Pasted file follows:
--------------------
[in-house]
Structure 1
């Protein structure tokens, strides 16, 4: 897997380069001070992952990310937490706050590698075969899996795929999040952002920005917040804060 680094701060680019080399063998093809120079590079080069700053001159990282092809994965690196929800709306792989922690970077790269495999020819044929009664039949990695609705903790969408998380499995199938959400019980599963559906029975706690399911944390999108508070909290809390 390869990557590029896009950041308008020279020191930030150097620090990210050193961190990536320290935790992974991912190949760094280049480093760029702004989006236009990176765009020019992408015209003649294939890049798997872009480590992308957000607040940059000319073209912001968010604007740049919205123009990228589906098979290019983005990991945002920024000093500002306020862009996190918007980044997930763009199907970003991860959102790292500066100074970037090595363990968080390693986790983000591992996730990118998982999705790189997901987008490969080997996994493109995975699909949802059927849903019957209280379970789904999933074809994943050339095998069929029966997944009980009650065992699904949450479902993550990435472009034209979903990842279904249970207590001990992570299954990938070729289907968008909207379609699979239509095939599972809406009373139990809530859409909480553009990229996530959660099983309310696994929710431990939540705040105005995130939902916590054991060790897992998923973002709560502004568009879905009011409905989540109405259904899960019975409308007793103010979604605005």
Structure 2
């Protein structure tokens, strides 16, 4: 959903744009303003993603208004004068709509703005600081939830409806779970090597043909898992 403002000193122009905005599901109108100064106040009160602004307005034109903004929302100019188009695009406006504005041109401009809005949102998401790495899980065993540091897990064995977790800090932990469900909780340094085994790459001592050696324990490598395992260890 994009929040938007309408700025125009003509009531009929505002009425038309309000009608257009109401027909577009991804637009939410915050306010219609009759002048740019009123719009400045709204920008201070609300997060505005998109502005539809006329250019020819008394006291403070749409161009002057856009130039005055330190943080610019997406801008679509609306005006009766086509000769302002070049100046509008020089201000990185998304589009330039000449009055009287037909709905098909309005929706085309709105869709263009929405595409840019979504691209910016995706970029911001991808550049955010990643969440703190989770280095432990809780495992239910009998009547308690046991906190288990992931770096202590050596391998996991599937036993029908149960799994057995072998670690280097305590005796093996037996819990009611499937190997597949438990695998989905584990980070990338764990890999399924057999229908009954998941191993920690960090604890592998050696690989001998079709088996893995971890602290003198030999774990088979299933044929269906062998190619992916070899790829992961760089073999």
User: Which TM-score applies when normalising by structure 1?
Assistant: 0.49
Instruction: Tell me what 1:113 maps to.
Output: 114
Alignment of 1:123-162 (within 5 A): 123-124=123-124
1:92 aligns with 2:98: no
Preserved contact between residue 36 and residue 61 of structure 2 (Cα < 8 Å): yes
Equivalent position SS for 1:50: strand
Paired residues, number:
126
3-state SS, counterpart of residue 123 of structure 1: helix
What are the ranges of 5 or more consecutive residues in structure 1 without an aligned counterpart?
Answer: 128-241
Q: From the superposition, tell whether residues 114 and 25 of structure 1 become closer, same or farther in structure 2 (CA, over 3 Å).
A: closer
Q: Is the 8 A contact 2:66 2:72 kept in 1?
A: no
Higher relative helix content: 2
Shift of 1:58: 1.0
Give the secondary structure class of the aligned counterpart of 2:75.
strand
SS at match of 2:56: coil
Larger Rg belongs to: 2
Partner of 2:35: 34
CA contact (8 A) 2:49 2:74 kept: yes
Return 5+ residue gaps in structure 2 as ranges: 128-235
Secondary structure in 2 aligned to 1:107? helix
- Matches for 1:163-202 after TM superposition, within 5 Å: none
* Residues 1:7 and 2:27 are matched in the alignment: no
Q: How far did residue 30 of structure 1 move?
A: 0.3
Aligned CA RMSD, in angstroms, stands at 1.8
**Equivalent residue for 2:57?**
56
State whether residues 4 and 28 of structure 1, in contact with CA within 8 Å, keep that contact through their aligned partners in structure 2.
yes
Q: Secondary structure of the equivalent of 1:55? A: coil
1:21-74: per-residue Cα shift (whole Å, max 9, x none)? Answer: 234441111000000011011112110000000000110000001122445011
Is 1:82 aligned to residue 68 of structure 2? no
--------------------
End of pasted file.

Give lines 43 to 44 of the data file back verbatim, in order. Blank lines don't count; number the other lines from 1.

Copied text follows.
1:21-74: per-residue Cα shift (whole Å, max 9, x none)? Answer: 234441111000000011011112110000000000110000001122445011
Is 1:82 aligned to residue 68 of structure 2? no